That the transformation is triggered by an attack by the US government is significant. While not quite on the level of the species-wide incarceration and near extinction depicted in "Days of Future Past", so recently brought back to the forefront by the presence of Rachel, it does make clear that, as Forge angrily spits at Gyrich, the government is willing to play judge, jury and executioner when it comes to mutants, in full ignorance of the law. What began as general unease leading into possible legislation has become unilateral action, and while the Neutralizer itself will prove to be little more than a MacGuffin du Jour, Claremont  is continuing to make the world in which the X-Men find themselves darker and more dangerous.

Next Issue
Tomorrow, the "Demon Bear Saga" concludes in New Mutants #20, and next week, Claremont teams with Barry Windsor Smith for "Lifedeath" in Uncanny X-Men #186.

12 comments:

  1. I've been waiting for this! Not only is this the first ever issue of Uncanny X-Men I've read, but it's also the first ever Marvel comic, and in fact, the first ever superhero comic in general I came across. So needless to say I was more than a bit confused about pretty much everything upon reading this as a kid, but I was hooked anyway. Great suff!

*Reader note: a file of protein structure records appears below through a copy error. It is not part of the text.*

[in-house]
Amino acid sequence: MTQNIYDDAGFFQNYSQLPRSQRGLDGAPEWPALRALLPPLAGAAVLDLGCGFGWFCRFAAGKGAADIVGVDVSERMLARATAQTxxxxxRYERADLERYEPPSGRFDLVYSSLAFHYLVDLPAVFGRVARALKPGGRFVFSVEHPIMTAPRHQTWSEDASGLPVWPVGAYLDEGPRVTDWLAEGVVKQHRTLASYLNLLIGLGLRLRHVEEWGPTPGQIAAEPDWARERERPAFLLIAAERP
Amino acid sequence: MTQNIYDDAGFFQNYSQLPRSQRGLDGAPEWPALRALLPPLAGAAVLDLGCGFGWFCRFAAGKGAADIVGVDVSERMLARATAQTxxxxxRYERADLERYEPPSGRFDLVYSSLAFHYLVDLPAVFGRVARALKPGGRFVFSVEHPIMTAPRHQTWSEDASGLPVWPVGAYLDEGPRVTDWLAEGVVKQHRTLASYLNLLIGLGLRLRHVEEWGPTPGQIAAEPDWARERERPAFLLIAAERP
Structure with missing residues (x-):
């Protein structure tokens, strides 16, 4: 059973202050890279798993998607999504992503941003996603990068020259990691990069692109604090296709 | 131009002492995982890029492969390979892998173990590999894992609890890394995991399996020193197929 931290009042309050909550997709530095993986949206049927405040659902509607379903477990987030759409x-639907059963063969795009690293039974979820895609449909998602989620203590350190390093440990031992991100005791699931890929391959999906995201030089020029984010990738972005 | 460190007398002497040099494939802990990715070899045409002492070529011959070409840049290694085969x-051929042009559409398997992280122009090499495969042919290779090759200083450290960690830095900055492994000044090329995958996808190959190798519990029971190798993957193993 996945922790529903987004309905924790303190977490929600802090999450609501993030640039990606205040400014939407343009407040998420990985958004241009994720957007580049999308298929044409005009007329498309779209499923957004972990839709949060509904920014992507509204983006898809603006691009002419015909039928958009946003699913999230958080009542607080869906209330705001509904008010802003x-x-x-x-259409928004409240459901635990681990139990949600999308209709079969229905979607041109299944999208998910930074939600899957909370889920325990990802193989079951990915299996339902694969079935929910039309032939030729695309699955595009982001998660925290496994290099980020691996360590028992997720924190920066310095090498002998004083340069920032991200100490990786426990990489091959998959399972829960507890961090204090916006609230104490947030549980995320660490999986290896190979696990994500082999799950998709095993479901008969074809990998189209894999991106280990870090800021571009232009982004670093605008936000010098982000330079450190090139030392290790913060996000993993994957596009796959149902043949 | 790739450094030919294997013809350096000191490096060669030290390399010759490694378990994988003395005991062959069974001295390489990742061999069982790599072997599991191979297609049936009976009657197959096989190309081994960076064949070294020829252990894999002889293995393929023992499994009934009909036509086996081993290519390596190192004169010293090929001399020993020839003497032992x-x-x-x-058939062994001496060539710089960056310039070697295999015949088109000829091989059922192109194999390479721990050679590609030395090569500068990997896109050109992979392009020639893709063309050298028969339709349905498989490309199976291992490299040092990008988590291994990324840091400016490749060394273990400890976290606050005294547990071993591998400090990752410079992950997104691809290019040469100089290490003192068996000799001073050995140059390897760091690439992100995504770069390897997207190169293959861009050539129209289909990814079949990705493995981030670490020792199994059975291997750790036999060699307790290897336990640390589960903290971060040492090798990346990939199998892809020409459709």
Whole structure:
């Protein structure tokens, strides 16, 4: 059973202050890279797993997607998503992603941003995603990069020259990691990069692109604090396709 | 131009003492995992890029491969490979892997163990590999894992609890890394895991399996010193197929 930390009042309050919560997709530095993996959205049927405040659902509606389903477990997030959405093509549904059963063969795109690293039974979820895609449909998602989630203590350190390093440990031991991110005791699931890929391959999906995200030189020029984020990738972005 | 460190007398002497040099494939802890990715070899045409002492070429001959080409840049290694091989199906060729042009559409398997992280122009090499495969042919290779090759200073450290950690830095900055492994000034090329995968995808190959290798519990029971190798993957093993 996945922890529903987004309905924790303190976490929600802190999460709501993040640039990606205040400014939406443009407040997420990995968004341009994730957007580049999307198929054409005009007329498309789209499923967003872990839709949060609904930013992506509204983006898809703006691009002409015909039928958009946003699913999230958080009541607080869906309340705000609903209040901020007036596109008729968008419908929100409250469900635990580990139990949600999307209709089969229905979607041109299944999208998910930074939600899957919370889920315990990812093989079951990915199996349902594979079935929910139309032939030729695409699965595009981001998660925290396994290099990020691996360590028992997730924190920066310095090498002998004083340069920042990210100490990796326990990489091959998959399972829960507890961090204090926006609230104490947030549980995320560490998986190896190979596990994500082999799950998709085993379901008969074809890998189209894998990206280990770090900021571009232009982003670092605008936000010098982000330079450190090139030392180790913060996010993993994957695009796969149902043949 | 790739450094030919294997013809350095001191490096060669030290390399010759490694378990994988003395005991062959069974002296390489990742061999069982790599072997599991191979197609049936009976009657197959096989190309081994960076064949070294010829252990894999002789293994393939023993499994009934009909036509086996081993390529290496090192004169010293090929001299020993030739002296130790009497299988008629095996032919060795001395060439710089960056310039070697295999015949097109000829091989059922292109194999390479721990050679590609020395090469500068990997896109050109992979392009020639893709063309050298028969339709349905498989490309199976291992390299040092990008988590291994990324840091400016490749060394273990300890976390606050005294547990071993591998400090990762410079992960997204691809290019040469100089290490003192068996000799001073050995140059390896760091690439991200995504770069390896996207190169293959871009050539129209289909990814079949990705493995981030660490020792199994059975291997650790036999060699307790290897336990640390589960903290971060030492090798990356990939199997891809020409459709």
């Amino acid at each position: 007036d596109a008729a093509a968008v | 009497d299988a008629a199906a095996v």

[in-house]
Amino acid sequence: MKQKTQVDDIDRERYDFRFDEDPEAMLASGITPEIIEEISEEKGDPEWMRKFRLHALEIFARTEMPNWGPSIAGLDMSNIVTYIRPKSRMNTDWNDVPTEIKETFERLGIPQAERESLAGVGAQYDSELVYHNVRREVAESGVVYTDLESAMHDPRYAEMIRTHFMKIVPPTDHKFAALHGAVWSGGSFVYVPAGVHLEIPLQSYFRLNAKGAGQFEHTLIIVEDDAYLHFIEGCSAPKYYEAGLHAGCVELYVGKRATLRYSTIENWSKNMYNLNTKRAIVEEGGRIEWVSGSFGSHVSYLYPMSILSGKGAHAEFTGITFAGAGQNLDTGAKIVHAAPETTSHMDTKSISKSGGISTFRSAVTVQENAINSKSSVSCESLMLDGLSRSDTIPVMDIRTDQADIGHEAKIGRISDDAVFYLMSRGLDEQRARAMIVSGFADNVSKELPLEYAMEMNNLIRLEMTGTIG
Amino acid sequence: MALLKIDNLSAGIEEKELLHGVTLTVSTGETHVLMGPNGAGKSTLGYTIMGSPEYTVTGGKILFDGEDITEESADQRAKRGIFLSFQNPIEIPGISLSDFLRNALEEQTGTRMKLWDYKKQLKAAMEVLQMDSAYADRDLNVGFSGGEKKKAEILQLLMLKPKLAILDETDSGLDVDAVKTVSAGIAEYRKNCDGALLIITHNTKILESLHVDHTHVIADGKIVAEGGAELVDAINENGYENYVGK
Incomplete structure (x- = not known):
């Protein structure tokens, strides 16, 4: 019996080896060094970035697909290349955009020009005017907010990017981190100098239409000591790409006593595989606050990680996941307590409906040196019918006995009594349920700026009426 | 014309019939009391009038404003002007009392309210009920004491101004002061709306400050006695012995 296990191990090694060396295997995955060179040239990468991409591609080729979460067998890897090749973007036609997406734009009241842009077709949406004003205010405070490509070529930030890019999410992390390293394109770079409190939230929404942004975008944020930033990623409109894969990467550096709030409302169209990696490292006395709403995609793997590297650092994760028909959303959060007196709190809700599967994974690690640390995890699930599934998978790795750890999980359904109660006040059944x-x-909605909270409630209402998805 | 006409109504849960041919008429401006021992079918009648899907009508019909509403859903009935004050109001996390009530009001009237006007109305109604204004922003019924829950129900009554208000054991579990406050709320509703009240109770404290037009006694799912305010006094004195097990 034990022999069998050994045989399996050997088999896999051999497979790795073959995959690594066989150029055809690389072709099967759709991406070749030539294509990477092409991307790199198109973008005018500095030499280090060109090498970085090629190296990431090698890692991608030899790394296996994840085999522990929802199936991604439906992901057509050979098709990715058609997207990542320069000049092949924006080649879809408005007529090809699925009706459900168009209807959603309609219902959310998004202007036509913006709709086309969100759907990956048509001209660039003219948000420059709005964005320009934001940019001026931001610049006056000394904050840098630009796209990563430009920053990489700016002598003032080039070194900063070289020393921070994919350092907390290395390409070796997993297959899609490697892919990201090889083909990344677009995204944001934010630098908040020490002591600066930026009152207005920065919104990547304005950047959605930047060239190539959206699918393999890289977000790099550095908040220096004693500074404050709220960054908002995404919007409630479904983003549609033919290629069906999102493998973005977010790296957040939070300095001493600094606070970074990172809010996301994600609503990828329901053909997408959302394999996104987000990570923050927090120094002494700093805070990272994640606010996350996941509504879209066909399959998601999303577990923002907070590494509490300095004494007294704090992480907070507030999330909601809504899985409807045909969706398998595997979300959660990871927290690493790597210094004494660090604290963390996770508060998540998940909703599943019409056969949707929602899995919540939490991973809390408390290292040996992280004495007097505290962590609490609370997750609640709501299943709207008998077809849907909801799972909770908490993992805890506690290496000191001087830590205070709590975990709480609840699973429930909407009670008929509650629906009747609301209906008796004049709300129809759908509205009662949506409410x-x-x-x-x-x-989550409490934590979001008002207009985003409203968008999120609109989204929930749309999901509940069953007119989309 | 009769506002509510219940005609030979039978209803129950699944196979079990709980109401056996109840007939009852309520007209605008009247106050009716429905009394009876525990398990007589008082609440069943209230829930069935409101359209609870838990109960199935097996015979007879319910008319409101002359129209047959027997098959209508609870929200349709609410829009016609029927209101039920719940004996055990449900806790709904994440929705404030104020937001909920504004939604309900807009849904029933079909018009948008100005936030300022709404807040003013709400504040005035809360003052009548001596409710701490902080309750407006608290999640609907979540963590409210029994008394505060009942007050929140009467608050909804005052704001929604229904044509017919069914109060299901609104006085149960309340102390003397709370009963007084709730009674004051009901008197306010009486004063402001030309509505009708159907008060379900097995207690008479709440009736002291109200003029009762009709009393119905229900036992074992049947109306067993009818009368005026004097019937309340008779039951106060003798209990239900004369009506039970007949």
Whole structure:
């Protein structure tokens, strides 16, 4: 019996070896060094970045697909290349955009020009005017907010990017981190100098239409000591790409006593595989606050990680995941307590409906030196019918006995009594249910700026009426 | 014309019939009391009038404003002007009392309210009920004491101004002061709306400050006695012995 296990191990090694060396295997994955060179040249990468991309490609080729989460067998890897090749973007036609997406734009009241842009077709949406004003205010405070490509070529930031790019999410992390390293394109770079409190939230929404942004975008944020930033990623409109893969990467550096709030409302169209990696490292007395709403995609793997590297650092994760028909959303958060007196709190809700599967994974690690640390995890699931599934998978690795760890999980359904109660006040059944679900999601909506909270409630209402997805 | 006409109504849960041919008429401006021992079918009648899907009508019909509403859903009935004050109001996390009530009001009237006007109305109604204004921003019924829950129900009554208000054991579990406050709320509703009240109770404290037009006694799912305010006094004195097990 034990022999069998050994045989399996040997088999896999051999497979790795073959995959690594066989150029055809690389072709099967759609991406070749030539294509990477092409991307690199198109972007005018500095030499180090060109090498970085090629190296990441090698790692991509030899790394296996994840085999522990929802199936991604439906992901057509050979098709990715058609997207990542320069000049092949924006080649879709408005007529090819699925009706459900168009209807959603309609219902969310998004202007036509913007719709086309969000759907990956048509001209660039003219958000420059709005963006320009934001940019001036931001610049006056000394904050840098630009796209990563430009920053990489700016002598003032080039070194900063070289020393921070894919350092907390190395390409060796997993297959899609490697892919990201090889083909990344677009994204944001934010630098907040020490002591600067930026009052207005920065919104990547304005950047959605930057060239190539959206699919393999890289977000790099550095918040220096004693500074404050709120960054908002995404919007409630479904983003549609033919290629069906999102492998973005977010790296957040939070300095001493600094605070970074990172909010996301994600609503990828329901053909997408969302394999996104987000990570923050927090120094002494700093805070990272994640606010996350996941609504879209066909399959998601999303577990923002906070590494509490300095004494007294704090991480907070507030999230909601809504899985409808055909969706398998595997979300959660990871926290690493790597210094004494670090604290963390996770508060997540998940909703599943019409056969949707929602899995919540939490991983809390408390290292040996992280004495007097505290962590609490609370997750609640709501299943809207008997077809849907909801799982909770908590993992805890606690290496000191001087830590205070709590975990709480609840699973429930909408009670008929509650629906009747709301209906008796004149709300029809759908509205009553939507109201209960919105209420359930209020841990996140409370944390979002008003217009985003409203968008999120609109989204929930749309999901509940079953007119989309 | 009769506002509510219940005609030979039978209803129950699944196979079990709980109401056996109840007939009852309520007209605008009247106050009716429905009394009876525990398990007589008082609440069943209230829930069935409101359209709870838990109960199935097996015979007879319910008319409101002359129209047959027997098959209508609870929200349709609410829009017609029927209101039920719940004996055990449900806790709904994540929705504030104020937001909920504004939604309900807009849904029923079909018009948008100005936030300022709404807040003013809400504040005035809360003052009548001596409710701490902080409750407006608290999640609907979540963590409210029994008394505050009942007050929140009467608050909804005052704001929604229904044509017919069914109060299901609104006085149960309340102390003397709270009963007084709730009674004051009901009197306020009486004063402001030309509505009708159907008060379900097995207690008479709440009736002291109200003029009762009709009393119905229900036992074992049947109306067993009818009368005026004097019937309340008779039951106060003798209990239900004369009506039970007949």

Romita especially is brilliant here. I enjoy his later blocky style as well, but somehow this remains his best work for me. I love the page with Storm and Rogue talking on the beach. Simple but very well done.

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  2. @Ugus: Not only is this the first ever issue of Uncanny X-Men I've read, but it's also the first ever Marvel comic, and in fact, the first ever superhero comic in general I came across.

    Ah, there's nothing like the first one. :)

    So needless to say I was more than a bit confused about pretty much everything upon reading this as a kid, but I was hooked anyway.

    That was my exact same experience reading my first issue.